Honors Capstone Project
Date of Submission
Arts and Science
Capstone Prize Winner
Won Capstone Funding
Sciences and Engineering
Biochemistry | Biochemistry, Biophysics, and Structural Biology
Noninvasive in vivo blood glucose determination in the skin of volar side of human fingertips by near-infrared (NIR) Raman spectroscopy relies on fluorescence to quantify blood volume. Fluorescence does not only come from blood, which is composed of plasma and red blood cells; in fact, most fluorescence produced by human fingertips originates in the static tissues, e.g. skin, interstitial fluid, etc.. It will soon be possible to quantify the precise contributions of red blood cells, plasma, and static tissue to the overall fluorescence emission. Observations reveal a systematic decay in fluorescence, which, if not caused by blood movement, challenges our ability to accurately determine blood glucose. In this work, it was found that the fluorescence decay was, in fact, not a result of a blood movement, but instead a chemical change of the static tissues decreasing their fluorescent properties. To identify possible photobleachable material, a series of in vitro experiments were performed on various antioxidants and the skin pigment melanin. While none of the antioxidants were found to fluoresce, it was observed that melanin fluoresces, photobleaches, and does not significantly recover its photobleaching. This allows for a deeper understanding as to the chemistry underlying the effect of photobleaching and how it may be accounted for in regards to this technique for glucose measurement.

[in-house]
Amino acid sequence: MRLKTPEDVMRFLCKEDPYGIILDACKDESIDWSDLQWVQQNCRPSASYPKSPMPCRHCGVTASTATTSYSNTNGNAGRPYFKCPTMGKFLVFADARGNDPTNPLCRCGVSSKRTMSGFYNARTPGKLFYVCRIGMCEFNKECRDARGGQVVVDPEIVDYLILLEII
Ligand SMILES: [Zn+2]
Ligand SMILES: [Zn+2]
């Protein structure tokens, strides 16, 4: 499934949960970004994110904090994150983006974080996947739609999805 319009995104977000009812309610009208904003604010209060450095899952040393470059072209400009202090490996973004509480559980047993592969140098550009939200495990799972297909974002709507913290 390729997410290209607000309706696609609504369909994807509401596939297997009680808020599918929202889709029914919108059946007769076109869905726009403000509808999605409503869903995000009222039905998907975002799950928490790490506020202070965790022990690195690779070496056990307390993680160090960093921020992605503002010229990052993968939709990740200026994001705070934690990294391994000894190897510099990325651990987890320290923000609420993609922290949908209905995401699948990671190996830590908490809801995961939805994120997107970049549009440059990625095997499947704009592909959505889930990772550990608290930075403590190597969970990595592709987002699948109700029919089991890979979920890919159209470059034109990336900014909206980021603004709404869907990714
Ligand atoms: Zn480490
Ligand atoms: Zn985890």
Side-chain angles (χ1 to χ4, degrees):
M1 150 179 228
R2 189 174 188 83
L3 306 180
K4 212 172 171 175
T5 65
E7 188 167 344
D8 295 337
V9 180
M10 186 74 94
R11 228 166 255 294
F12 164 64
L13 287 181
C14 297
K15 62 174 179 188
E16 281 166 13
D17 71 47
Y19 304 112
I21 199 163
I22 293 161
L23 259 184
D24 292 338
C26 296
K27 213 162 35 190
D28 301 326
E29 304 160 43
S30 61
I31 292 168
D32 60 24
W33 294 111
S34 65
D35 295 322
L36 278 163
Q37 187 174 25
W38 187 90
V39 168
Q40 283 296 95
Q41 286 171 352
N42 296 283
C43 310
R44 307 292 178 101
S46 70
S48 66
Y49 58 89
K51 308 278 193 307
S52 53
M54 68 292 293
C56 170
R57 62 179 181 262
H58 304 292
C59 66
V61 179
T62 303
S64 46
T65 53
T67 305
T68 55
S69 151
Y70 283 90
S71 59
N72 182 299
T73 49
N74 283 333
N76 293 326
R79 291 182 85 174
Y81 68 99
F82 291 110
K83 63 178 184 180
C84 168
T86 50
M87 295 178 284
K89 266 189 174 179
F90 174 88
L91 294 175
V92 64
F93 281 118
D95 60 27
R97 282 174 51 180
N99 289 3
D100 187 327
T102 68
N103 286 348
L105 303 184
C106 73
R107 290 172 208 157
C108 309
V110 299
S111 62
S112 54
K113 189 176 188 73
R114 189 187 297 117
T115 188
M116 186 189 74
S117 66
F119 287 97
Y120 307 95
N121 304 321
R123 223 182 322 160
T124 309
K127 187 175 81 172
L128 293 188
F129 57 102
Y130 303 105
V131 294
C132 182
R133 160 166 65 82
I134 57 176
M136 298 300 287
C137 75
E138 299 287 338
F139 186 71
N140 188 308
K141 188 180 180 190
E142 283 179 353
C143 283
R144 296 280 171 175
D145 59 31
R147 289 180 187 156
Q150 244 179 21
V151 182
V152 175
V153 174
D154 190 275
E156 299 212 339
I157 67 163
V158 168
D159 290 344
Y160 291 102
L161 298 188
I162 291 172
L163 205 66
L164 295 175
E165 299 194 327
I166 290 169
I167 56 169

Wright, Colin, "Investigation of near-infrared fluorescence and photobleaching of human volar side fingertips in vivo: antioxidants and melanin" (2010). Syracuse University Honors Program Capstone Projects. 346.
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